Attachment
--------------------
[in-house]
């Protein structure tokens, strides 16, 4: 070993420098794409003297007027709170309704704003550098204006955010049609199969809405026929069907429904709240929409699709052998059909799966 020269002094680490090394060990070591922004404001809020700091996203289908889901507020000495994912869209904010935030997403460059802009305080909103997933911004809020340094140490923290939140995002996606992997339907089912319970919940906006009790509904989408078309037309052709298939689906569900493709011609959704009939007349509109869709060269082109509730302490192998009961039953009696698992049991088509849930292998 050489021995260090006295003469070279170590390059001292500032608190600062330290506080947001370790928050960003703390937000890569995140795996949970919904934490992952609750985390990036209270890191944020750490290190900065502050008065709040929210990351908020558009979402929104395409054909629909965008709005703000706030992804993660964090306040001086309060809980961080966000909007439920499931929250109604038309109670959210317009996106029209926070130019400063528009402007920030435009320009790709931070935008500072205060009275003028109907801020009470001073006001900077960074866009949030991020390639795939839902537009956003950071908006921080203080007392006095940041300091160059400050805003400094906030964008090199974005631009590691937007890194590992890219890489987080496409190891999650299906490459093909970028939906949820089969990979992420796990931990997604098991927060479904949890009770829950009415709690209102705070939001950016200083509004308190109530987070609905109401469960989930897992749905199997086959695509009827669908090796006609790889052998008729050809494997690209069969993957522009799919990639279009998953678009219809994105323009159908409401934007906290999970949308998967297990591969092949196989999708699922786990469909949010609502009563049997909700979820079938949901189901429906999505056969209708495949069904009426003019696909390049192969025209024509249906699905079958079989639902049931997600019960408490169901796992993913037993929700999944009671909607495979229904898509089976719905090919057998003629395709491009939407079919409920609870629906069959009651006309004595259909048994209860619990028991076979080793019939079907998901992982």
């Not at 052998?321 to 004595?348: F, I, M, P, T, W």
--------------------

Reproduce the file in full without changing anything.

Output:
[in-house]
């Protein structure tokens, strides 16, 4: 070993420098794409003297007027709170309704704003550098204006955010049609199969809405026929069907429904709240929409699709052998059909799966 020269002094680490090394060990070591922004404001809020700091996203289908889901507020000495994912869209904010935030997403460059802009305080909103997933911004809020340094140490923290939140995002996606992997339907089912319970919940906006009790509904989408078309037309052709298939689906569900493709011609959704009939007349509109869709060269082109509730302490192998009961039953009696698992049991088509849930292998 050489021995260090006295003469070279170590390059001292500032608190600062330290506080947001370790928050960003703390937000890569995140795996949970919904934490992952609750985390990036209270890191944020750490290190900065502050008065709040929210990351908020558009979402929104395409054909629909965008709005703000706030992804993660964090306040001086309060809980961080966000909007439920499931929250109604038309109670959210317009996106029209926070130019400063528009402007920030435009320009790709931070935008500072205060009275003028109907801020009470001073006001900077960074866009949030991020390639795939839902537009956003950071908006921080203080007392006095940041300091160059400050805003400094906030964008090199974005631009590691937007890194590992890219890489987080496409190891999650299906490459093909970028939906949820089969990979992420796990931990997604098991927060479904949890009770829950009415709690209102705070939001950016200083509004308190109530987070609905109401469960989930897992749905199997086959695509009827669908090796006609790889052998008729050809494997690209069969993957522009799919990639279009998953678009219809994105323009159908409401934007906290999970949308998967297990591969092949196989999708699922786990469909949010609502009563049997909700979820079938949901189901429906999505056969209708495949069904009426003019696909390049192969025209024509249906699905079958079989639902049931997600019960408490169901796992993913037993929700999944009671909607495979229904898509089976719905090919057998003629395709491009939407079919409920609870629906069959009651006309004595259909048994209860619990028991076979080793019939079907998901992982």
């Not at 052998?321 to 004595?348: F, I, M, P, T, W």